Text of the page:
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Harry Potter and the Deathly Hallows: Part 2


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#61 Lauren Wilford

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Posted 23 July 2011 - 12:25 PM

Someone posted this on Jeff's facebook, and I found it absolutely rousing and maddening. Basically, it's an explanation of how Hollywood manage to subtly wrest the Christian imagery from the ending of Deathly Hallows. The De-Theologizing of Harry Potter:

To fully grasp what's going on at this point in the book, we have to think of the significance of the Deathly Hallows, which are after all what the book is all about. The theme of the book is established many chapters earlier, at Godric's Hollow, with the twin New Testament passages, "The last enemy to be destroyed is death" and "Where your treasure is, there your heart will be also." Harry wants to destroy the power of death, to become the master of death, but the way in which he does so is crucial. It matters where his treasure is, what it is that he truly values. If he wants to overcome death for himself, to set himself up as its master, then he will be little better than Voldemort. This is the symbolism of the choice between Hallows and Horcruxes, which is built up throughout the earlier chapters of the book and comes to a razor-sharp point at Shell Cottage. Harry recognizes that he must choose between pursuing the Hallows, overcoming the power of death by taking to himself more power than death, or by embracing the route of powerlessness, the long hard path of destroying the Horcruxes, which means eventually giving himself up to death on behalf of others. (This fascinating dialectic is almost completely left out in the film The Deathly Hallows Part One, and so its resonances are absent at the crucial moment in Part Two, and the extensive conversation on this point between Harry and Dumbledore at King's Cross is omitted.)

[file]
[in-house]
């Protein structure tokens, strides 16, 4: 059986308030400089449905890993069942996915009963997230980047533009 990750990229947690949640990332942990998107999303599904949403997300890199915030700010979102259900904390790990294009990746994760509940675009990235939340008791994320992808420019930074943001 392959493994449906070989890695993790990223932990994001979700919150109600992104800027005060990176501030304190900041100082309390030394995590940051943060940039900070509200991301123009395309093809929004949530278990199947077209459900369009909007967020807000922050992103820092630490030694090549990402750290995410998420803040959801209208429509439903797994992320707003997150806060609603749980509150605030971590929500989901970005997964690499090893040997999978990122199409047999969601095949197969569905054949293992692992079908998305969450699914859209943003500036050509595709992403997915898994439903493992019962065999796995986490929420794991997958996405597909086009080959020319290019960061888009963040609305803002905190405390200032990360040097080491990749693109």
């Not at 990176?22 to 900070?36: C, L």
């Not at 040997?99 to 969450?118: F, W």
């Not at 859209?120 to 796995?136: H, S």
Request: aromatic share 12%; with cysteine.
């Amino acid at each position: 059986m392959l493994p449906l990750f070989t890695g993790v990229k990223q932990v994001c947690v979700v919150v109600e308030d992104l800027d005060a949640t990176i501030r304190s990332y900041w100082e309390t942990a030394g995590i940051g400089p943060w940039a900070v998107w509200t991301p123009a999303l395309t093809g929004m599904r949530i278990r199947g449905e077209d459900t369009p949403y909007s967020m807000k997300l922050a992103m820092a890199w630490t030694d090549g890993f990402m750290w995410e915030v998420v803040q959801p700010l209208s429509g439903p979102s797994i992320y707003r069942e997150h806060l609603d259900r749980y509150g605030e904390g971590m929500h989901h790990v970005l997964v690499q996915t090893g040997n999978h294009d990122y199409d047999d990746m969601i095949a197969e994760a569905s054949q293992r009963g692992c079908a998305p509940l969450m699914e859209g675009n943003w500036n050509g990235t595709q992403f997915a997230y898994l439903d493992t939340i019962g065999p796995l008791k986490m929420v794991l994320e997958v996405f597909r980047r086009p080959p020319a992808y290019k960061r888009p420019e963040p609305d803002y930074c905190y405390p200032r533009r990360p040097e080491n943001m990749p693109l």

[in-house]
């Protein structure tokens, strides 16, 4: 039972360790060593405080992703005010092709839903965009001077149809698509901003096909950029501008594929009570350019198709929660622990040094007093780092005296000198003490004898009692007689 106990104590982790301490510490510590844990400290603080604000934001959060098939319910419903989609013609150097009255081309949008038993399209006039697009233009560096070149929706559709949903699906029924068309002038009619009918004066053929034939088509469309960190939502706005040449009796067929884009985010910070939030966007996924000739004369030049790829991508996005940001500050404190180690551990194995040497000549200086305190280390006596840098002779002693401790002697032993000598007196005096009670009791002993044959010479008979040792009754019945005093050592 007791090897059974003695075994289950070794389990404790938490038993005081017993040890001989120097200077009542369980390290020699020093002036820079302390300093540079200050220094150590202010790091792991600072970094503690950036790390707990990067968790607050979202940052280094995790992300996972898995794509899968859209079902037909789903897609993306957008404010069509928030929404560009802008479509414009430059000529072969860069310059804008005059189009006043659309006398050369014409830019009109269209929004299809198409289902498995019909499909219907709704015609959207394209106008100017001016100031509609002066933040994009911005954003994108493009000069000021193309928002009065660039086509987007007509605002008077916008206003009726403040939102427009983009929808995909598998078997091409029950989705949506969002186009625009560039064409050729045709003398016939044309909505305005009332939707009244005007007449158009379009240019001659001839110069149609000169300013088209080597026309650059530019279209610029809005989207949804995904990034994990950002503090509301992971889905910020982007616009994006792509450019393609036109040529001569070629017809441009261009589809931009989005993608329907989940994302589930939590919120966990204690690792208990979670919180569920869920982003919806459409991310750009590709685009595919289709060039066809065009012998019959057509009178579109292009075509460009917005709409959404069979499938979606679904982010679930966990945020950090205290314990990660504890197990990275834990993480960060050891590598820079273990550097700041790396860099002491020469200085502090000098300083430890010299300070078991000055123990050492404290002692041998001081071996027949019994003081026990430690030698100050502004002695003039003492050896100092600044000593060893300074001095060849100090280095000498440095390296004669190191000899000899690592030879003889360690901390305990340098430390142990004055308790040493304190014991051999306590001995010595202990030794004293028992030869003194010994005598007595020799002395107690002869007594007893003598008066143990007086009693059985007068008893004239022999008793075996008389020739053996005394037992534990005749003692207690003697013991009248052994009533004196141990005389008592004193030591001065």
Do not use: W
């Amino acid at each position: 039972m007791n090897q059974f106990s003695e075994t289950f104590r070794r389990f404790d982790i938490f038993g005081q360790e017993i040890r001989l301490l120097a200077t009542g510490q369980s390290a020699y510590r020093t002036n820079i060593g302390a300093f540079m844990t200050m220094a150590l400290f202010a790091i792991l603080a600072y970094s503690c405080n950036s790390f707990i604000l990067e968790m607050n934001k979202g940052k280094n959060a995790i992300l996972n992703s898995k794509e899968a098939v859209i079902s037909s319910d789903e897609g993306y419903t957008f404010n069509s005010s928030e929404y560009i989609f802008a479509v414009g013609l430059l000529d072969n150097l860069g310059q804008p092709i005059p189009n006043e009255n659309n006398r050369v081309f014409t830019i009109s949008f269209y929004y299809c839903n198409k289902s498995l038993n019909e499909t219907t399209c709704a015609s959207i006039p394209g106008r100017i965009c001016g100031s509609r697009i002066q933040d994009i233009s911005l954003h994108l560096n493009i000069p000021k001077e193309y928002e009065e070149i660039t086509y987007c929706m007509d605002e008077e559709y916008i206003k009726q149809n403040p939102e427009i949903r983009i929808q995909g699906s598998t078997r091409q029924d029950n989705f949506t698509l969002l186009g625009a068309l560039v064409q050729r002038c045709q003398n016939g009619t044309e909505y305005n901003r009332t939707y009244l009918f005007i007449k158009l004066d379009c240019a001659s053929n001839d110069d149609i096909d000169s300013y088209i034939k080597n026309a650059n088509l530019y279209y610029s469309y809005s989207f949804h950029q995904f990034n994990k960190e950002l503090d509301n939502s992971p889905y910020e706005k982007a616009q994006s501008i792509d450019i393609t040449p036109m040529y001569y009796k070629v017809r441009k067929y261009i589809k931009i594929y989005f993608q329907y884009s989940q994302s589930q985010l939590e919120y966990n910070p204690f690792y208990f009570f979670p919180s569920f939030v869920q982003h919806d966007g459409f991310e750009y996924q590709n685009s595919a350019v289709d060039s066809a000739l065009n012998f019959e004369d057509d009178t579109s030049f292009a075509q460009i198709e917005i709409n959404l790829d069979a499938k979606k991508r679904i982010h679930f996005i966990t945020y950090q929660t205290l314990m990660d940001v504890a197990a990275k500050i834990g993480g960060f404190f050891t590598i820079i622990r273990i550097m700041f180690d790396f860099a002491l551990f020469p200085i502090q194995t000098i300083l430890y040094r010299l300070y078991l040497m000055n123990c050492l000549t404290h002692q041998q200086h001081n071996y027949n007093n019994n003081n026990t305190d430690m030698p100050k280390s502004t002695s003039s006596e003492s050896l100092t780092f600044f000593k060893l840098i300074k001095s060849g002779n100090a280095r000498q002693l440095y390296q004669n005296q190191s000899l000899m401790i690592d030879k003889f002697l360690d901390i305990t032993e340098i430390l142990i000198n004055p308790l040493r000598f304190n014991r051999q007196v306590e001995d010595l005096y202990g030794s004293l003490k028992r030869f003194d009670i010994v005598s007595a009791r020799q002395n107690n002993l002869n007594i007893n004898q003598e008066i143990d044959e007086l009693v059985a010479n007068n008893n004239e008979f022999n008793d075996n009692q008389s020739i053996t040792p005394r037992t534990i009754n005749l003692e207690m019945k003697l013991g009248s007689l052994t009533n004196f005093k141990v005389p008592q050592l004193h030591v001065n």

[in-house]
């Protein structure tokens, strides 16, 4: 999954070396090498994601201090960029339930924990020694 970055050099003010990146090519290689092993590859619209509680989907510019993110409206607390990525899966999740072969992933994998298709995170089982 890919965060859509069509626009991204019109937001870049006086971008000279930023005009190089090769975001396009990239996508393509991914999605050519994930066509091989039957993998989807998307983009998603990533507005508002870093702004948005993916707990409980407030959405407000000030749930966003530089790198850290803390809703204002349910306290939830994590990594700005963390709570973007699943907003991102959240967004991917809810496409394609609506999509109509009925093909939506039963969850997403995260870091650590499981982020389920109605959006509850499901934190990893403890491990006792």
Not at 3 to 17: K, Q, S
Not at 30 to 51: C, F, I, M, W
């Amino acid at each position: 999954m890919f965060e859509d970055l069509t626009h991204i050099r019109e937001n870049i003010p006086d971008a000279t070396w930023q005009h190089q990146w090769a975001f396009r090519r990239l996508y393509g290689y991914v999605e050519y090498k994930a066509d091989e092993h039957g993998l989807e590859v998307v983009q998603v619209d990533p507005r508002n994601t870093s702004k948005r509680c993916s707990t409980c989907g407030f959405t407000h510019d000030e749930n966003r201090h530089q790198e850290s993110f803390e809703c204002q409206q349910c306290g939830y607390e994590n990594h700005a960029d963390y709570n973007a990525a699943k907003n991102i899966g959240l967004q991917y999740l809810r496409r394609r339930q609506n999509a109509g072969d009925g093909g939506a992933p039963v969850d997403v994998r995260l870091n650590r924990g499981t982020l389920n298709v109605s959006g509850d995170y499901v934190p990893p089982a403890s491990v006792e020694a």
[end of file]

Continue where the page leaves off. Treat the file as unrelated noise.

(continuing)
Harry is to become the master of death, but master not by setting himself over it but by putting himself under it. Death exhausts its force by being poured out on him, the one who willingly seeks it for himself to save others. Love is stronger than death. "But I should have died--I didn't defend myself! I meant to let him kill me!" Harry exclaims. "And that," Dumbledore replies, "will, I think, have made all the difference." This enigmatic comment is left unexplained, but for the reader looking for an explanation within the existing logic of the books, Harry's cheating of death is explained in terms of the power of Harry's blood, itself clearly rich with theological overtones. The power of love in his mother's sacrifice is in his blood, and although Voldemort took Harry's blood to weaken Harry and strengthen himself, in this blood is the power of life that makes it impossible for Voldemort to finally kill Harry.

In short, in Harry's death, we witness the death of death in his own death. Like Christ, "death has no more dominion over him." What this means is more than just the destruction of another Horcrux; Harry has not just struck one more blow, but in fact the decisive blow. But to bring this decisive blow to completion, Harry must be resurrected. Death must be publicly exhibited as overthrown, its powerlessness before the power of love must be displayed and enacted, Harry must tread the powers of evil underfoot, must reverse the sentence of death that Voldemort has enacted on him by returning it upon Voldemort. And this resurrection must be no mere "rescuscitation," it must be the return to life of someone over whom death no longer has hold (more on this in the next section).

All of this, I think, is clear enough in the book, although generally hinted at rather than openly set forth.